By Sharyn Alden
We’ve all been there at one time or another. You settle into your seat, the flight fills up, and then passengers with a baby and toddler struggle down the aisle looking for their seats.
Humorist Dave Barry set the scene this way: “We were one of those wretched traveling families you see getting on planes — the kind where you don’t actually see the people, just this mound of baby equipment shuffling slowly down the aisle toward you. This sight is always hugely popular with the other passengers, some of whom will yank open the emergency exits and dive out of the plane.”
It’s human nature to look around for another seat, even if it’s on the wings, or hope the cabin steward moves the family somewhere they’ll be more comfortable – bulkhead seats, perhaps, or that flight to Schenectady.
Alas, you have no such luck. Your seat companions are getting their howling-mode game face on. And you realize that your plane is still at the gate.
Anyone who’s flown can relate to kid chaos, and everyone has stories. On a flight to Brussels, I shared a row with a woman and her newborn. It was a tough flight, and non-stop misery for anyone without ear plugs.
Finally, a few hours later, when it was safe to get out of our seats, the mom stood up and tossed the baby around her head like a spinning top. Most of us were aghast, but it did the trick. You could hear the passengers’ unified sigh of relief when the baby responded to the spinning and almost immediately fell asleep.
Years ago, I was flying the globe with my three young kids. My son loved that he’d been to 13 countries before he was eight, but there were many learning moments before he became a seasoned traveler like his siblings. One of these mishaps involved his stuffed bear that he’d had from birth. He carried it everywhere. It was worn-out and well-loved, and looked like it had been run over by a truck.
Naturally we discovered its loss after our plane’s wheels were up and we were minutes into a nine-hour flight to Geneva. Suffice it to say there wasn’t any bear in Europe that could replace the one left at O’Hare.
We did our best to occupy him with other things — books, games and plenty of TLC. Eventually he stopped talking about his bear and decided he would find him once we returned home. That simple dose of optimism seemed to keep him grounded for the rest of the trip.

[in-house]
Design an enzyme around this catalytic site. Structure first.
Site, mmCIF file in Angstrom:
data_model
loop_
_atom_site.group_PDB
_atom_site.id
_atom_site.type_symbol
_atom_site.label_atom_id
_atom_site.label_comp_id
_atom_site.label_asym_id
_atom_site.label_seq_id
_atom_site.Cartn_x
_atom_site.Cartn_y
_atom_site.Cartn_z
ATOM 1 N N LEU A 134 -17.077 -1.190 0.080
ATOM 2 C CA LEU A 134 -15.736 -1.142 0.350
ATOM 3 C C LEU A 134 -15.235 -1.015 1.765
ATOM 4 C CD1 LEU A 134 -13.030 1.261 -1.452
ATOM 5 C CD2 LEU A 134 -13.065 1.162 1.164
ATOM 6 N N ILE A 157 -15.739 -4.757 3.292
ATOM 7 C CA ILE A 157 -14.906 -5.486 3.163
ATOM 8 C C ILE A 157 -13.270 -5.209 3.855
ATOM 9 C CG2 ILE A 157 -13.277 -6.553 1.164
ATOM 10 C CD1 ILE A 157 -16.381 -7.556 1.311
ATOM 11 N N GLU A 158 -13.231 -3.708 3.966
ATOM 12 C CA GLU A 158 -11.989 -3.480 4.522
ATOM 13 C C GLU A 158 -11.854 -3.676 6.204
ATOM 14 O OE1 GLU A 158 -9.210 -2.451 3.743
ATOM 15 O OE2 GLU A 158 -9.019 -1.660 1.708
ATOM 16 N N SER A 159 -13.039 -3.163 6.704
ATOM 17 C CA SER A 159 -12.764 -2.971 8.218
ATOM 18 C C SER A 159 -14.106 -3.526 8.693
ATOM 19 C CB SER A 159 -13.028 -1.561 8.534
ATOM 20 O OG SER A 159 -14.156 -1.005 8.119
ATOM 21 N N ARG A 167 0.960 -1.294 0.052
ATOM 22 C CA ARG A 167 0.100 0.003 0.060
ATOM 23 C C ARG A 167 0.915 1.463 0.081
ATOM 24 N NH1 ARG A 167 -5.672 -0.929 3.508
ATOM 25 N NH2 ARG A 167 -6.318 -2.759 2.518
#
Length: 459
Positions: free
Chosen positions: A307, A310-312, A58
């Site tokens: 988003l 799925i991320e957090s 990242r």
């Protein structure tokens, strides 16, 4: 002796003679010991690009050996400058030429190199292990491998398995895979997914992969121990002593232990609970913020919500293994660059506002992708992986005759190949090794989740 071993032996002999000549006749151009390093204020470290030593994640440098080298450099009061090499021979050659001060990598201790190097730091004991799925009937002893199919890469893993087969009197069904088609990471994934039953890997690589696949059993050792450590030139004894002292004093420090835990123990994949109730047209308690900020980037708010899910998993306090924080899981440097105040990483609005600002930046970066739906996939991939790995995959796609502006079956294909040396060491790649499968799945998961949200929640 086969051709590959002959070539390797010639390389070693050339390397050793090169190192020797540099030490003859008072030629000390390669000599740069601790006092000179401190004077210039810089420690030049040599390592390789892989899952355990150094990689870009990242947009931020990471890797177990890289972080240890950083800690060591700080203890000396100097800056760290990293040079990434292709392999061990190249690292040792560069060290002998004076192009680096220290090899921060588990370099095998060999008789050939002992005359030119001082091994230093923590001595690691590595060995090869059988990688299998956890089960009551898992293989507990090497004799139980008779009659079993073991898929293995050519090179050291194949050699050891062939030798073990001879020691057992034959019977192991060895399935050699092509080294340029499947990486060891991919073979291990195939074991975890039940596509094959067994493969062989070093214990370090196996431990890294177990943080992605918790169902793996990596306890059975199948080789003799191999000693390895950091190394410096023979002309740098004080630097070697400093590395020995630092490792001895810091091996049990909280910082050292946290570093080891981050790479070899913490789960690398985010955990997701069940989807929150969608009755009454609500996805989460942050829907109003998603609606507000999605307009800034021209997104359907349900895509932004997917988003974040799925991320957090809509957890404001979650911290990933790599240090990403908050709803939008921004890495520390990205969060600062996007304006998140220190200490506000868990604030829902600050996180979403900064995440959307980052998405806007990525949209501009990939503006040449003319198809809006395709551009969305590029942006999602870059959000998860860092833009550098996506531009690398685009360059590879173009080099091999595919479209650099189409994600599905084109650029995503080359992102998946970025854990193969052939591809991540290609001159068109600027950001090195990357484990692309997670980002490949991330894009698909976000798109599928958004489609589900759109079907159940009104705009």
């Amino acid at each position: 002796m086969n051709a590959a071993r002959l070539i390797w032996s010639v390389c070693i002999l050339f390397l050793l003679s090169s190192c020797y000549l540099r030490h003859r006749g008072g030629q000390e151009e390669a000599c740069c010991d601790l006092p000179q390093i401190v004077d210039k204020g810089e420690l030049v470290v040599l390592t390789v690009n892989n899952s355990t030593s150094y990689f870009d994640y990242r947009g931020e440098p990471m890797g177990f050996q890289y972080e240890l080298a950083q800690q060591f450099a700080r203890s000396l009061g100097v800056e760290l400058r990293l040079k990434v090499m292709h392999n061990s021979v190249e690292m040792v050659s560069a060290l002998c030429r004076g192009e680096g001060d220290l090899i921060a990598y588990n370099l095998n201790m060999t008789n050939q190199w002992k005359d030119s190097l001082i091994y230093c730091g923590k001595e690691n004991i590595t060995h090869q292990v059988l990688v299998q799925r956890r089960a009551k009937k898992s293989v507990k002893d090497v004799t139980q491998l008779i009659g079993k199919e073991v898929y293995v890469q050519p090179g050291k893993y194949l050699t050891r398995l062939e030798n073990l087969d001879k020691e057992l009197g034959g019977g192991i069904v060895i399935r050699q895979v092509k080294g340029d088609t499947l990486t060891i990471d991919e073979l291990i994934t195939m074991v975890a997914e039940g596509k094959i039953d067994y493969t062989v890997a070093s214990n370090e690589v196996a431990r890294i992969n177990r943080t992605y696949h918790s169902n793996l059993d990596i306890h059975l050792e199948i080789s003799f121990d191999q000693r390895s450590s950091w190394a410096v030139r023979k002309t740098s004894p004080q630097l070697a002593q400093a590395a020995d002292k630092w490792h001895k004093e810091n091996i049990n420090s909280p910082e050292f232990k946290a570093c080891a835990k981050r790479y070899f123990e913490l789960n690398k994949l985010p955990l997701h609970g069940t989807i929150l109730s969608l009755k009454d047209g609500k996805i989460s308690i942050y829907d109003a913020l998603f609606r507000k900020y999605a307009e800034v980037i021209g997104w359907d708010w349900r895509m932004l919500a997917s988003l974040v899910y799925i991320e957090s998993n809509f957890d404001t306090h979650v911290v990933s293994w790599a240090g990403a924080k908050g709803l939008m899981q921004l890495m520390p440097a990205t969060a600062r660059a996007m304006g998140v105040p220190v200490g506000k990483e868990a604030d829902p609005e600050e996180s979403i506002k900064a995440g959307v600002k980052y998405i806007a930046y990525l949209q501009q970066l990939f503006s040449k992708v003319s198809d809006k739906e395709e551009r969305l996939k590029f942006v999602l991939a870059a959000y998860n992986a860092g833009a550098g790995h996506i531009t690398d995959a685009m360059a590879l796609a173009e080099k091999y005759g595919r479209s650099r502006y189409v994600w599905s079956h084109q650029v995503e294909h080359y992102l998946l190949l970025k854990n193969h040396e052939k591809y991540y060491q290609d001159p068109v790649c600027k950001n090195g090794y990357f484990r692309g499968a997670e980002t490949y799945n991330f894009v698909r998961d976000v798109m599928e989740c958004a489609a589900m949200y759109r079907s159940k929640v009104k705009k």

Through serendipity and a traveler’s empathy, we got the bear back a few weeks later. But that’s another story—how to find what you want (and need) at airport lost-and-founds.
In the meantime, here are seven tips for surviving your next flight with kids.
- Make Smart Reservations. If you’re flying en famille, book early so you’re not stuck in middle seats. (This is one of those times when paying the extra some airlines charge to choose your seat really pays off.) Be aware of your kids’ circadian rhythms, especially their bedtimes and nap times, and look for flights when your kids are more apt to sleep.
- Take a Walk Break. If you’re on a long flight, don’t expect young kids to stay strapped in their seats. When it’s safe, take them on a walk around the plane. A little bit of exercise is great for active kids.
- Yes and No — Snacks and Drinks. Absolutely bring snacks, as long as you’re not trying to serve full meals to your kids throughout the flight. Think hand-to-mouth food like apple slices, grapes or cheese, not containers of applesauce that require utensils. Go easy on the liquids so your kids aren’t constantly dragging you down the aisle to the bathroom.
- Pack Extras – Keep it Simple. Travel is all about encountering (and hopefully conquering) the unexpected. Flights get delayed and cancelled, and weather changes mandate different clothing and gear. Rule of thumb – have extras of everything you consider crucial, within limits. Make a list before leaving home then scale it down once or twice so you don’t become a pack mule.
- Gadgets Help. A bored child can be an unruly child. You may not give in at home, but there’s something to be said about letting young children use an iPad, listen to music on an iPod, look at books on a Kindle or play with other electronic devices when they fly. Don’t be too rule-heavy and keep all the electronics at bay. When you’re doing the best you can to juggle the kids’ crankiness at an altitude of 35,000 feet, gadgets can be game-savers. However, for the sanity of those around you, make sure the volume is off or headphones plugged in.
- Take Care of Yourself. You’ll have more energy and stamina – and enjoy the trip more — if you take care of yourself when you travel. Resist loading up on sugary snacks, and falling into “I’m on vacation so I’ll eat anything I want” mode. Reenergize with exercise; for instance, do some easy foot lifts while you’re seated.
- Apologize. If your child is kicking the back of the chair or ripping the headset off the lady in front of him, apologize – but mean it. The biggest complaint about babies and young kids on planes is not tantrums, but their parents’ seemingly indifference to fellow travelers. When you sincerely apologize, you’re more likely to get sympathetic nods instead of hostile grimaces.
You could also try handing out treats … just in case. And if those treats include earplugs, so much the better.
Sharyn Alden is a long-time travel writer with a media-relations business, Sharyn Alden Communications, Inc., based in Madison, Wis.
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